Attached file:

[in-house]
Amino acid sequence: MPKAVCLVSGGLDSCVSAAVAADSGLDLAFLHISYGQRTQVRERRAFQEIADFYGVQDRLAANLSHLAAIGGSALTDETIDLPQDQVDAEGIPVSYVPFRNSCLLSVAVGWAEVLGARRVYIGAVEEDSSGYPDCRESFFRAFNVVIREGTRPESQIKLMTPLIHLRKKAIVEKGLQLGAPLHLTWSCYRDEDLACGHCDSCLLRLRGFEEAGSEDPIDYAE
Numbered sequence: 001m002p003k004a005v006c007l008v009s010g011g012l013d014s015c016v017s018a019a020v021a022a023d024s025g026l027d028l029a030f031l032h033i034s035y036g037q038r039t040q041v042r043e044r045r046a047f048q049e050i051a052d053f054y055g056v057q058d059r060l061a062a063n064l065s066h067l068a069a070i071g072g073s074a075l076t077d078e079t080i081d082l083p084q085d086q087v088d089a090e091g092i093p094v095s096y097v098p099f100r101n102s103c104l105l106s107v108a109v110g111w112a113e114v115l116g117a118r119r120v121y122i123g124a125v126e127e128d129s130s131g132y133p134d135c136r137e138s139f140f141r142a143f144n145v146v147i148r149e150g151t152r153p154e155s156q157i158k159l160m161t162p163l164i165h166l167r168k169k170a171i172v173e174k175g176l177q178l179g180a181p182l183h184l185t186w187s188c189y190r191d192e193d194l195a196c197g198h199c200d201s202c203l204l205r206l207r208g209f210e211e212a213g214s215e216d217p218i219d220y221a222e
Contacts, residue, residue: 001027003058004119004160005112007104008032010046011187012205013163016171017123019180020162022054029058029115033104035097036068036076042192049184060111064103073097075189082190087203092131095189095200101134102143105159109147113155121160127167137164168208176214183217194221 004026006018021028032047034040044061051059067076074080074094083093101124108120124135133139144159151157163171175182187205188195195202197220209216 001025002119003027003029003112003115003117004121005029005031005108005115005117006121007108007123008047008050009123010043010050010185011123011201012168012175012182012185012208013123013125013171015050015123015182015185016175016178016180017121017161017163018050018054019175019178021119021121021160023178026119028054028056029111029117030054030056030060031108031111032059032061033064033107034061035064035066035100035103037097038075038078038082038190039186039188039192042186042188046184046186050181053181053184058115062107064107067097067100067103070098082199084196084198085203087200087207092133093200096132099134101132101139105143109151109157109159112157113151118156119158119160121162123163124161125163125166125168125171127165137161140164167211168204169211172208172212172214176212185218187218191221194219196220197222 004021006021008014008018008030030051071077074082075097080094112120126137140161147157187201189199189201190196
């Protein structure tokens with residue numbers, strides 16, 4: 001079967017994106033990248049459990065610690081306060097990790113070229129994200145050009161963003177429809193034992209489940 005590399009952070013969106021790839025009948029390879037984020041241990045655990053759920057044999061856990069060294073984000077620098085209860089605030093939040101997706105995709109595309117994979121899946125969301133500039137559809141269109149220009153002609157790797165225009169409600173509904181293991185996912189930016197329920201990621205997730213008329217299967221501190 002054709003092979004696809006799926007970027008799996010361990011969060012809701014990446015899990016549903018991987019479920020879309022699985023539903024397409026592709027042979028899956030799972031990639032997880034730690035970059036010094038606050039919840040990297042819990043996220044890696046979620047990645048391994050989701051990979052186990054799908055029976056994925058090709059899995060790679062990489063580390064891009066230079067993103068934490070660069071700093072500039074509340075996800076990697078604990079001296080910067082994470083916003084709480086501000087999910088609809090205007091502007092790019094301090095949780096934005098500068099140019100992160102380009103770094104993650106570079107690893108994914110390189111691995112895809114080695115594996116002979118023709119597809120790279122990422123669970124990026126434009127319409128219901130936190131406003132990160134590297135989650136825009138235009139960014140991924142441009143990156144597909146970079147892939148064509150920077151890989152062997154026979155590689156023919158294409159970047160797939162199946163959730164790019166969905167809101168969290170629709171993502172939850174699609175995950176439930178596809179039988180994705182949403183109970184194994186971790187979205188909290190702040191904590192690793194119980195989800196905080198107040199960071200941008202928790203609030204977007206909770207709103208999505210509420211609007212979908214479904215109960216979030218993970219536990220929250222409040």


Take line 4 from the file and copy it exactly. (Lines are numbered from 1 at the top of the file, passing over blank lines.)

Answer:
Contacts, residue, residue: 001027003058004119004160005112007104008032010046011187012205013163016171017123019180020162022054029058029115033104035097036068036076042192049184060111064103073097075189082190087203092131095189095200101134102143105159109147113155121160127167137164168208176214183217194221 004026006018021028032047034040044061051059067076074080074094083093101124108120124135133139144159151157163171175182187205188195195202197220209216 001025002119003027003029003112003115003117004121005029005031005108005115005117006121007108007123008047008050009123010043010050010185011123011201012168012175012182012185012208013123013125013171015050015123015182015185016175016178016180017121017161017163018050018054019175019178021119021121021160023178026119028054028056029111029117030054030056030060031108031111032059032061033064033107034061035064035066035100035103037097038075038078038082038190039186039188039192042186042188046184046186050181053181053184058115062107064107067097067100067103070098082199084196084198085203087200087207092133093200096132099134101132101139105143109151109157109159112157113151118156119158119160121162123163124161125163125166125168125171127165137161140164167211168204169211172208172212172214176212185218187218191221194219196220197222 004021006021008014008018008030030051071077074082075097080094112120126137140161147157187201189199189201190196